Applications of graph theory ppt

Bipartite matching: max flow formulation and application of graph theory in real life ppt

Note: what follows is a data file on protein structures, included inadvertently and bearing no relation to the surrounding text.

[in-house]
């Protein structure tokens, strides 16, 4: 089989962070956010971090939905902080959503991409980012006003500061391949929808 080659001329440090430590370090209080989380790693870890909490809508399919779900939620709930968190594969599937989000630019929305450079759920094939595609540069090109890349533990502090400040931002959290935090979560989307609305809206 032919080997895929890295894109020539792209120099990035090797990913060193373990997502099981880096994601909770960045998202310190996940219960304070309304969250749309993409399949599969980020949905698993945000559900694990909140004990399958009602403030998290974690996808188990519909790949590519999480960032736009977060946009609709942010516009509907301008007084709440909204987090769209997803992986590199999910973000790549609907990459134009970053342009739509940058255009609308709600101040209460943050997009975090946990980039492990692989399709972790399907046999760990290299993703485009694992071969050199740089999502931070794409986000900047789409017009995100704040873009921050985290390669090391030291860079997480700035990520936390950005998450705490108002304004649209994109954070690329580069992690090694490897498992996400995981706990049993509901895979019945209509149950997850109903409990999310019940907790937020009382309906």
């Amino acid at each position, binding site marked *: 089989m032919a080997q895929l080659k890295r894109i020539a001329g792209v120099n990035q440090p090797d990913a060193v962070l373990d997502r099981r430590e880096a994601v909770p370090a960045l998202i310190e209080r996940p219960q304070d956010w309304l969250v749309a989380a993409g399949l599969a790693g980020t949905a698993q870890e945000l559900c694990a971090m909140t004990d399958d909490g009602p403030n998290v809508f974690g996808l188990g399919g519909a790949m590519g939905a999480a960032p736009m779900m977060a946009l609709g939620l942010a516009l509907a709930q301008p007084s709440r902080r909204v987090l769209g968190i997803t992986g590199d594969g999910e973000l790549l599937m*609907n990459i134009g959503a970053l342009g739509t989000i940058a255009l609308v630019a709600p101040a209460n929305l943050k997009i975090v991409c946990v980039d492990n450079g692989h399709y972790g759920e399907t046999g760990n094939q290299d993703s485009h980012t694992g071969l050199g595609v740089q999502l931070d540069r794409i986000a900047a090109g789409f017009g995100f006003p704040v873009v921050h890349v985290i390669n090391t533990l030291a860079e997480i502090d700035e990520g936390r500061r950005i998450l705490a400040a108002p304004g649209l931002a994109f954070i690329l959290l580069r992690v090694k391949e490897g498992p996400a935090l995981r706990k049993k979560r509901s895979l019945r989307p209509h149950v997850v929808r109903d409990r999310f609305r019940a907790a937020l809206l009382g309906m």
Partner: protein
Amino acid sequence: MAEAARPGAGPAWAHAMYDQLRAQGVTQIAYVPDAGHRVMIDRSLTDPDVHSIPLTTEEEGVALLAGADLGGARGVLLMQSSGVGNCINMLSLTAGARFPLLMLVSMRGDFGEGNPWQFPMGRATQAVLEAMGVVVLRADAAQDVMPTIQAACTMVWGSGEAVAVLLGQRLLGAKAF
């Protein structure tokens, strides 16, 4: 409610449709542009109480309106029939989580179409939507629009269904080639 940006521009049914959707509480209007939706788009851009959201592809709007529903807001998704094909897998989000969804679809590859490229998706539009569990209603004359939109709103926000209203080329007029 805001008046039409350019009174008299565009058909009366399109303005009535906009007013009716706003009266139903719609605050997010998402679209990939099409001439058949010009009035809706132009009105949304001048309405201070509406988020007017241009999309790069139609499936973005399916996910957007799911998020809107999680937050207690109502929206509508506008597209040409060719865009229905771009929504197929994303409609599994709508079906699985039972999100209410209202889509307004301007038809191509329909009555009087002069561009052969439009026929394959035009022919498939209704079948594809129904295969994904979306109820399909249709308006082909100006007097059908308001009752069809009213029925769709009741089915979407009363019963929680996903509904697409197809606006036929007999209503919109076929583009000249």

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7. NETWORK FLOW II bipartite matching ‣ disjoint paths ‣ extensions to max flow ‣ survey design ‣ airline scheduling ‣ image segmentation ‣ project selection ‣ Lecture slides by Kevin Wayne baseball elimination ‣ Copyright © 2005 Pearson-Addison Wesley Copyright © 2013 Kevin Wayne Last updated on Dec 23, 2013, 3:31 PMSoviet rail network (1950s) "Free world" goal. Cut supplies (if cold war turns into real war). Reference: On the history of the transportation and maximum flow problems. Alexander Schrijver in Math Programming, 91: 3, 2002. Figure 2 2 From Harris and Ross 1955: Schematic diagram of the railway network of the Western So- vietUnionandEasternEuropeancountries, withamaximumflowofvalue163,000tonsfrom Russia to Eastern Europe, and a cut of capacity 163,000 tons indicated as ‘The bottleneck’.Max-flow and min-cut applications Max-flow and min-cut are widely applicable problem-solving model. Data mining. Open-pit mining. Bipartite matching. Network reliability. Baseball elimination. Image segmentation. Network connectivity. liver and hepatic vascularization segmentation Distributed computing. Security of statistical data. Egalitarian stable matching. Network intrusion detection. Multi-camera scene reconstruction. Sensor placement for homeland security. Many, many, more. 37. NETWORK FLOW II bipartite matching ‣ disjoint paths ‣ extensions to max flow ‣ survey design ‣ airline scheduling ‣ image segmentation ‣ project selection ‣ SECTION baseball elimination ‣Matching Def. Given an undirected graph G = (V, E) a subset of edges M ⊆ E is a matching if each node appears in at most one edge in M. Max matching. Given a graph, find a max cardinality matching. 5Bipartite matching Def. A graph G is bipartite if the nodes can be partitioned into two subsets L and R such that every edge connects a node in L to one in R. Bipartite matching. Given a bipartite graph G = (L ∪ R, E), find a max cardinality matching. 1' 1 2' 2 3' 3 4' 4 5' 5 L R matching: 1-2', 3-1', 4-5' 6Bipartite matching Def. A graph G is bipartite if the nodes can be partitioned into two subsets L and R such that every edge connects a node in L to one in R. Bipartite matching. Given a bipartite graph G = (L ∪ R, E), find a max cardinality matching. 1' 1 2' 2 3' 3 4' 4 5' 5 L R matching: 1-1', 2-2', 3-4', 4-5' 7Bipartite matching: max flow formulation Create digraph G' = (L ∪ R∪ s, t, E' ). Direct all edges from L to R, and assign infinite (or unit) capacity. Add source s, and unit capacity edges from s to each node in L. Add sink t, and unit capacity edges from each node in R to t. G' 1 1' ∞ 1 1 2 2' 3 3' s t 4 4' 5 5' L R 8Max flow formulation: proof of correctness Theorem. Max cardinality of a matching in G = value of max flow in G'. Pf. ≤ Given a max matching M of cardinality k. Consider flow f that sends 1 unit along each of k paths. f is a flow, and has value k. ▪ ∞ 1 1' 1 1' 1 1 2 2' 2 2' 3 3' s 3 3' t 4 4' 4 4' G 5 5' G' 5 5' 9Max flow formulation: proof of correctness Theorem. Max cardinality of a matching in G = value of max flow in G'. Pf. ≥ Let f be a max flow in G' of value k. Integrality theorem ⇒ k is integral and can assume f is 0-1. Consider M = set of edges from L to R with f (e) = 1. each node in L and R participates in at most one edge in M M = k: consider cut (L∪ s, R∪ t) ▪ ∞ 1 1' 1 1' 1 1 2 2' 2 2' 3 3' s 3 3' t 4 4' 4 4' 5 5' G' 5 5' G 10Perfect matching in a bipartite graph Def. Given a graph G = (V, E) a subset of edges M ⊆ E is a perfect matching if each node appears in exactly one edge in M. Q. When does a bipartite graph have a perfect matching? Structure of bipartite graphs with perfect matchings. Clearly we must have L = R . What other conditions are necessary? What conditions are sufficient? 11Perfect matching in a bipartite graph Notation. Let S be a subset of nodes, and let N(S) be the set of nodes adjacent to nodes in S. Observation. If a bipartite graph G = (L ∪ R, E) has a perfect matching, then N(S) ≥ S for all subsets S ⊆ L. Pf. Each node in S has to be matched to a different node in N(S). ▪ 1' 1 2' 2' 2 2 S = 2, 4, 5 N(S) = 2', 5' 3' 3 4' 4 4 5' 5' 5 5 no perfect matching 12Hall's theorem Theorem. Let G = (L ∪ R, E) be a bipartite graph with L = R . G has a perfect matching iff N(S) ≥ S for all subsets S ⊆ L. Pf. ⇒ This was the previous observation. 1' 1 2' 2' 2 2 S = 2, 4, 5 N(S) = 2', 5' 3' 3 4' 4 4 5' 5' 5 5 no perfect matching 13Proof of Hall's theorem Pf. ⇐ Suppose G does not have a perfect matching. Formulate as a max flow problem and let (A, B) be min cut in G'. By max-flow min-cut theorem, cap(A, B) L . Define L = L ∩ A, L = L ∩ B , R = R ∩ A. A B A cap(A, B) = L + R . B A Since min cut can't use ∞ edges: N(L ) ⊆ R . A A N(L ) ≤ R = cap(A, B) – L L – L = L . A A B B A Choose S = L . ▪ A 1 ∞ 1 ∞ G' 1' L = 2, 4, 5 A A L = 1, 3 B 2' ∞ 2 1 R = 2', 5' A 3' s N(L ) = 2', 5' A 1 4 3 4' 5 1 5' t 14Bipartite matching running time Theorem. The Ford-Fulkerson algorithm solves the bipartite matching problem in O(m n) time. Theorem. Hopcroft-Karp 1973 The bipartite matching problem can be 1/2 solved in O(m n ) time. SIAM J. COMPUT. Vol. 2, No. 4, December 1973 s/2 ANn ALGORITHM FOR MAXIMUM MATCHINGS IN BIPARTITE GRAPHS JOHN E. RICHARD M. AND KARP HOPCROFT" in a Abstract. The present paper shows how to construct a maximum matching bipartite graph with n vertices and m in a number of to edges computation steps proportional (m + n)x/. words, Key algorithm, algorithmic analysis, bipartite graphs, computational complexity, graphs, matching 1. Introduction. Suppose we are a array in which each cell given rectangular or set of is if no is designated as "occupied" "unoccupied". A cells independent ofthe lie an two cells in thesamerow orcolumn. Our object is to construct indepen- dent of cells maximum set occupied having cardinality. 15 the In one interpretation, rows of the array represent boys, and the columns and represent girls. Cell is occupied ifboy and j are compatible, we wish i,j girl to match a maximum number ofcompatible couples. the the and An alternate statement of problem is obtainedby representing rows the the vertices ofa The columns of array as bipartite graph. vertices corresponding is We to row and column j are joined by an edge ifand only if cell i,j occupied. a of then seek amaximum matching; i.e., maximumnumber edges,notwo ofwhich meet at a common vertex. This problem has a wide variety of applications These include (3, 4, 5). the determination of chain decompositions in partially ordered sets, of coset in of systems of distinct representatives, and of block- representatives groups, also occurs as a of sparse matrices. The problem triangular decompositions and the subroutine in the solution of the Hitchcock transportation problem, in determination ofwhether one tree is to a subtree of another. given isomorphic In view of this variety of applications, the computational complexity of the problem of finding a maximum matching in a bipartite graph is of interest. The best methods seem to require steps, where m is previous (1, 3, 4, 5) O(mn) the number of and n the number of vertices. The present method requires edges, only O((m steps. + n)x/) extend With this in We hope to our results to the nonbipartite case (cf. 2). the mind, all the results in 2 are derived for general graphs. The specialization to bipartite case occurs in 3. 2. anti paths. Let G (V, be a finite undirected Matchings augmenting E) the vertex set V edges, or isolated having graph loops, multiple vertices) (without and w is written A set and the set E. An edge incident with vertices v edge v, w. more than one in M. E is a ifno vertex v e V is incident with edge M matching a ofmaximum cardinality is called maximum matching. A matching M. vertex v is Wemake the definitions relative to a matching A following free is incident with no in M. if it edge Received the editors November 1972, and in revised form 23, 1973. This research by 14, April was in Science supported part by the National Foundation under Grants NSF GJ96, GPo25081 and GJ474. Department ofComputer Science, Cornell Ithaca, New York, 14850. University, Computer Science Department, University of California, California 94720. " Berkeley, 225Nonbipartite matching Nonbipartite matching. Given an undirected graph (not necessarily bipartite), find a matching of maximum cardinality. Structure of nonbipartite graphs is more complicated. But well-understood. Tutte-Berge, Edmonds-Galai 4 Blossom algorithm: O(n ). Edmonds 1965 1/2 Best known: O(m n ). Micali-Vazirani 1980, Vazirani 1994 COMBINATORICA 14 (i) (1994) 71-109 PATHS, TREES, AND FLOWERS COMBINATORICA Akad6miai Kiad6 - Springer-Verlag JACK EDMONDS A THEORY OF ALTERNATING PATHS AND BLOSSOMS FOR 1. Introduction. A graph G for purposes here is a finite set of elements PROVING CORRECTNESS OF THE O(v/-VE) GENERAL GRAPH called vertices and a finite set of elements called edges such that each edge MAXIMUM MATCHING ALGORITHM meets exactly two vertices, called the end-points of the edge. An edge is said to join its end-points. A matching in G is a subset of its edges such that no two meet the same VIJAY V. VAZIRANI 1 vertex. We describe an efficient algorithm for finding in a given graph a match- Received December 30, 1989 ing of maximum cardinality. This problem was posed and partly solved by Revised June 15, 1993 C. Berge; see Sections 3.7 and 3.8. Maximum matching is an aspect of a topic, treated in books on graph theory, which has developed during the last 75 years through the work of about a dozen authors. In particular, W. T. Tutte (8) characterized graphs which do not contain a perfect matching, or 1-factor as he calls it—that is a set of edges with exactly one member meeting each vertex. His theorem 1. Introduction prompted attempts at finding an efficient construction for perfect matchings. This and our two subsequent papers will be closely related to other work on Finding a maximum matching in a graph is a classical problem in the study of algorithms. In this paper we present new algorithmically relevant combinatorial the topic. Most of the known theorems follow nicely from our treatment, structure of matchings. This structure yields the first proof of correctness of the though for the most part they are not treated explicitly. Our treatment is general graph matching algorithm of Mieali and Vazirani 14; this is currently the independent and so no background reading is necessary. 16 most efficient known matching algorithm. Section 2 is a philosophical digression on the meaning of "efficient algorithm." Berge's theorem 2, which says that matching M in graph G is a maximum matching if and only if there are no augmenting paths w.r.t, it, gives an iterative Section 3 discusses ideas of Berge, Norman, and Rabin with a new proof of schema for finding a maximum matching in G, i.e. successively find augmenting Berge's theorem. Section 4 presents the bulk of the matching algorithm. paths. Finding augmenting paths is fairly easy in bipartite graphs; however, not Section 7 discusses some refinements of it. so in general graphs (see 13 for a detailed history of the problem). The first There is an extensive combinatorial-linear theory related on the one hand polynomial time algorithm (o(rvI4)) for general graph matching was given by to matchings in bipartite graphs and on the other hand to linear programming. Edmonds 4. In this paper, Edmonds introduced the notion of blossom (an odd It is surveyed, from different viewpoints, by Ford and Fulkerson in (5) and length alternating cycle), and showed that by "shrinking" blossoms, one can find augmenting path efficiently. In this seminal paper, Edmonds also introduced the by A. J. Hoffman in (6). They mention the problem of extending this relation- notion of a polynomial time algorithm. ship to non-bipartite graphs. Section 5 does this, or at least begins to do it. Over the years, faster implementations of Edmonds' algorithm were given by There, the Kônig theorem is generalized to a matching-duality theorem for several authors, including Whitzgall and Zahn 16, Balinski 1, Gabow 6, Lawler arbitrary graphs. This theorem immediately suggests a polyhedron which in a 12, and Kameda and Munro 10. In 1972, Hopcroft and Karp 9 proposed finding subsequent paper (4) is shown to be the convex hull of the vectors associated augmenting paths in phases; in each phase a maximal set of disjoint minimum length augmenting paths is found. They showed that only O(v/) phases are needed, with the matchings in a graph. as opposed to O(IV) iterations in the previously-mentioned schema. They also Maximum matching in non-bipartite graphs is at present unusual among presented an O(IEI) implementation of a phase in bipartite graphs, thereby giving combinatorial extremum problems in that it is very tractable and yet not of an O(Iv/llEi) matching algorithm for such graphs, and left the open problem of the "unimodular" type described in (5 and 6). 1 Partially supported by an NSF PYI Grant with matching funds from AT&; T Bell Labs at Cornell University Received November 22, 1963. Supported by the O.N.R. Logistics Project at Princeton AMS subject classification codes (1991): 05 C 70, 05 C 85 University and the A.R.O.D. Combinatorial Mathematics Project at N.B.S. 449 450 JACK EDMONDS Section 6 presents a certain invariance property of the dual to maximum matching. In paper (4), the algorithm is extended from maximizing the cardinality of a matching to maximizing for matchings the sum of weights attached to the edges. At another time, the algorithm will be extended from a capacity of one edge at each vertex to a capacity of d edges at vertex v . t t This paper is based on investigations begun with G. B. Dantzig while at the RAND Combinatorial Symposium during the summer of 1961. I am Historical significance (Jack Edmonds 1965) indebted to many people, at the Symposium and at the National Bureau of Standards, who have taken an interest in the matching problem. There has been much animated discussion on possible versions of an algorithm. 2. Digression. An explanation is due on the use of the words "efficient algorithm." First, what I present is a conceptual description of an algorithm and not a particular formalized algorithm or "code." For practical purposes computational details are vital. However, my purpose is only to show as attractively as I can that there is an efficient algorithm. According to the dictionary, "efficient" means "adequate in opera- tion or performance." This is roughly the meaning I want—in the sense that it is conceivable for maximum matching to have no efficient algorithm. Perhaps a better word is "good." I am claiming, as a mathematical result, the existence of a good algorithm for finding a maximum cardinality matching in a graph. There is an obvious finite algorithm, but that algorithm increases in difficulty exponentially with the size of the graph. It is by no means obvious whether or not there exists an algorithm whose difficulty increases only algebraically with the size of the graph. The mathematical significance of this paper rests largely on the assumption that the two preceding sentences have mathematical meaning. I am not prepared to set up the machinery necessary to give them formal meaning, nor is the present context appropriate for doing this, but I should like to explain the idea a little further informally. It may be that since one is customarily 17 concerned with existence, convergence, finiteness, and so forth, one is not in- clined to take seriously the question of the existence of a better-than-finite algorithm. The relative cost, in time or whatever, of the various applications of a particular algorithm is a fairly clear notion, at least as a natural phenomenon. Presumably, the notion can be formalized. Here "algorithm" is used in the strict sense co mean the idealization of some physical machinery which gives a definite output, consisting of cost plus the desired result, for each member of a specified domain of inputs, the individual problems. The problem-domain of applicability for an algorithm often suggests for itself possible measures of size for the individual problems—for maximum matching, for example, the number of edges or the number of vertices in the k-regular bipartite graphs Dancing problem. Exclusive Ivy league party attended by n men and n women. Each man knows exactly k women; each woman knows exactly k men. Acquaintances are mutual. Is it possible to arrange a dance so that each woman dances with a different man that she knows? 2-regular bipartite graph Mathematical reformulation. Does every k-regular 1 1' bipartite graph have a perfect matching? 2 2' Ex. Boolean hypercube. 3 3' 4 4' women men 18k-regular bipartite graphs have perfect matchings Theorem. Every k-regular bipartite graph G has a perfect matching. Pf. Size of max matching = value of max flow in G'. Consider flow ⎧ 1/k if (u, v)∈ E ⎪ f (u,v) = 1 if u = s or v =t ⎨ ⎪ 0 otherwise ⎩ f is a flow in G' and its value = n ⇒ perfect matching. ▪ € 1 1/k 1' 1 1 1/k s t G' 2 2' 3 3' 4 4' a feasible flow f of value n 197. NETWORK FLOW II bipartite matching ‣ disjoint paths ‣ extensions to max flow ‣ survey design ‣ airline scheduling ‣ image segmentation ‣ project selection ‣ SECTION baseball elimination ‣